Home>Feature>NJ TRANSIT customer experience officer Stewart Mader is out

NJ Transit Customer Advocate and Chief Customer Experience Officer Stewart Mader. Photo courtesy of Twitter.

NJ TRANSIT customer experience officer Stewart Mader is out

By David Wildstein, October 05 2020 2:37 pm

Stewart Mader, the embattled chief customer experience officer at New Jersey Transit, is out.

Mader and the state’s public transit agency have decided to part ways and his eighteen-month stint serving as customer advocate has ended.

“NJ TRANSIT will take this opportunity to re-examine in its entirety, including the qualifications of a replacement candidate, as well (as) the position’s location in our organizational structure,” said the agency’s president and CEO, Kevin Corbett, in a memo to board members.

Mader’s last day was Friday, Corbett said.

He was hired by the Murphy administration to the $127,000 customer service job after leading a PATH rider’s council to advocate on behalf of commuters.

Before joining NJ TRANSIT, Mader worked as a digital strategist for Fitch Ratings, a credit rating group.

In February, Mader took responsibility for sending out an official New Jersey Transit tweet bashing a Bergen Record report that CFO Bill Viqueira suggested the hiring of his brother-in-law as the $128,000-a-year labor relations counsel for the agency.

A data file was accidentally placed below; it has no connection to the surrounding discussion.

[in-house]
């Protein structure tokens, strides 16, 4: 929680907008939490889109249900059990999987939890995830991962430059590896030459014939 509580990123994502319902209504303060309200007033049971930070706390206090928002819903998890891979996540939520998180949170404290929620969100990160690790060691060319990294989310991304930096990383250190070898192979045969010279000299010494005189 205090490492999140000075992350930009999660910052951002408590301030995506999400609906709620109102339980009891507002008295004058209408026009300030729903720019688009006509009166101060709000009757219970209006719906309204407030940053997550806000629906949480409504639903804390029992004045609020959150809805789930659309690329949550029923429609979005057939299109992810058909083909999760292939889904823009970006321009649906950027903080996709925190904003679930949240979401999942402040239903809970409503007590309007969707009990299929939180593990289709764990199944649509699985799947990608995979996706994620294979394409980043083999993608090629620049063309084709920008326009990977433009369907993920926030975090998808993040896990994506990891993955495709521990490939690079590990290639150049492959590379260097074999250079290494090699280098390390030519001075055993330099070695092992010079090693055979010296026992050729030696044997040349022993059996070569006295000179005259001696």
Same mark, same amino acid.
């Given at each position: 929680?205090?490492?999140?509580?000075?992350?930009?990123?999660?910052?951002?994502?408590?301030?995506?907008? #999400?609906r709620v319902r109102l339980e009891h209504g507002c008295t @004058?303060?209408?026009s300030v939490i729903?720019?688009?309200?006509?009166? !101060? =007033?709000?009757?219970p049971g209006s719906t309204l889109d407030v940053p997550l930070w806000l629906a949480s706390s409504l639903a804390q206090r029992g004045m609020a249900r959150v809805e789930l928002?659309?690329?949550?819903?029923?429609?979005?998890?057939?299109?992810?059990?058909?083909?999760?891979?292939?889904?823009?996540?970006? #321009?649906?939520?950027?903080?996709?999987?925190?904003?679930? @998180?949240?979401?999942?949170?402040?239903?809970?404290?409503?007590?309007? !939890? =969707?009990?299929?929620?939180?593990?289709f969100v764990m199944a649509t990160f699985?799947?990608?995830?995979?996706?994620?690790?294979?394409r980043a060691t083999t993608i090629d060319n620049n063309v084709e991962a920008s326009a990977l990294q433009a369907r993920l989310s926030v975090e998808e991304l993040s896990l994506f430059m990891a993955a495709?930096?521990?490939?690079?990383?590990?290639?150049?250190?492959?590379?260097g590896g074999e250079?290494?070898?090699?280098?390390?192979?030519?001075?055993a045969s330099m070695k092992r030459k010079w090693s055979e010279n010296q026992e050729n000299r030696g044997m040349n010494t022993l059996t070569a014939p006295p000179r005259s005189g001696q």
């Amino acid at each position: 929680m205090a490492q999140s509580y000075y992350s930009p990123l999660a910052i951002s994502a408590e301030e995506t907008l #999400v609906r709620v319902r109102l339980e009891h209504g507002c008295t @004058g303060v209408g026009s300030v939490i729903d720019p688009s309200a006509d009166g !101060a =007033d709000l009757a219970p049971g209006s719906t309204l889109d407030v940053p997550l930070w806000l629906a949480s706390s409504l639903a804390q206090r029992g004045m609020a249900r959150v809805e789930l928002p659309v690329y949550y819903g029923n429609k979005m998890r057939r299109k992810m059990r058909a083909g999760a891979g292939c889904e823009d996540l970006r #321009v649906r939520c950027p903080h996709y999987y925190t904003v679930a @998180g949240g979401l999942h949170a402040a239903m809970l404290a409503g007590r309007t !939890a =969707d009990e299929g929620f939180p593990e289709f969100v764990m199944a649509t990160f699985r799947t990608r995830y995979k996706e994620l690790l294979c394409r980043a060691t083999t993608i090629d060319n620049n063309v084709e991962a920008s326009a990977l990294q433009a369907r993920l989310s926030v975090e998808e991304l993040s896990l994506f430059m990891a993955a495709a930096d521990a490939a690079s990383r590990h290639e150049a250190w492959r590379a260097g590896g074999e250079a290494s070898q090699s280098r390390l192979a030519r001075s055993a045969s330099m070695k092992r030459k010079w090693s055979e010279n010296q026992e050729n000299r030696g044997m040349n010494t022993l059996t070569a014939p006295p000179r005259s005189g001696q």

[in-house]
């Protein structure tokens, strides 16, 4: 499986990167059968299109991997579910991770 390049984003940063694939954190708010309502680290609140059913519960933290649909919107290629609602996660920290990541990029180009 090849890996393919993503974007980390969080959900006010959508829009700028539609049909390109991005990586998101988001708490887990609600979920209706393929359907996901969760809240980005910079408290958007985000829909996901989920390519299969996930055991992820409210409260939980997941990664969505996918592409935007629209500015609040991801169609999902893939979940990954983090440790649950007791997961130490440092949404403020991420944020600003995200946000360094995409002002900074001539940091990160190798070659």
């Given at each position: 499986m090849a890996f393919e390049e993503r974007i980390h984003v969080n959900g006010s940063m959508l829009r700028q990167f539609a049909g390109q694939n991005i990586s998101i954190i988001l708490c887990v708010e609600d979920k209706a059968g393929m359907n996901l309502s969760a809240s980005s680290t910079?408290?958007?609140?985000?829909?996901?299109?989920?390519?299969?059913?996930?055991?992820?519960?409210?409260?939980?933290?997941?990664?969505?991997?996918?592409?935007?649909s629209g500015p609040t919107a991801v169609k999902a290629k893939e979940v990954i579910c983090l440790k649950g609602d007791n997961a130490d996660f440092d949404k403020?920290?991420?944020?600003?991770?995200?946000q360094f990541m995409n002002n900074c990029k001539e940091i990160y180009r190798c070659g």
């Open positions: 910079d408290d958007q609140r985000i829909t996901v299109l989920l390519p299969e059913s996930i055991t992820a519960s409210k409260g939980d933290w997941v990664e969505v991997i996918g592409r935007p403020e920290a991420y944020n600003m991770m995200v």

Following the story, a tweet from the official New Jersey Transit twitter account bashed the story.

The Murphy administration quickly distanced itself from Mader’s tweet, which the New Jersey Globe found was done by Mader at the behest of NJ TRANSIT chief administrative officer Jeannie Kwon, the central player in a storm over the hiring of a relative of the embattled agency’s CFO.

Senate Majority Leader Loretta Weinberg said at the time that Mader’s involvement in the incident had made her lose confidence in his ability to serve in his position.

Weinberg is proposing a NJ TRANSIT reform bill requiring an independent customer advocate hired directly by the agency board and reporting to the board.

An earlier version of this story incorrectly stated that Weinberg would seek to  create an ombudsman position.

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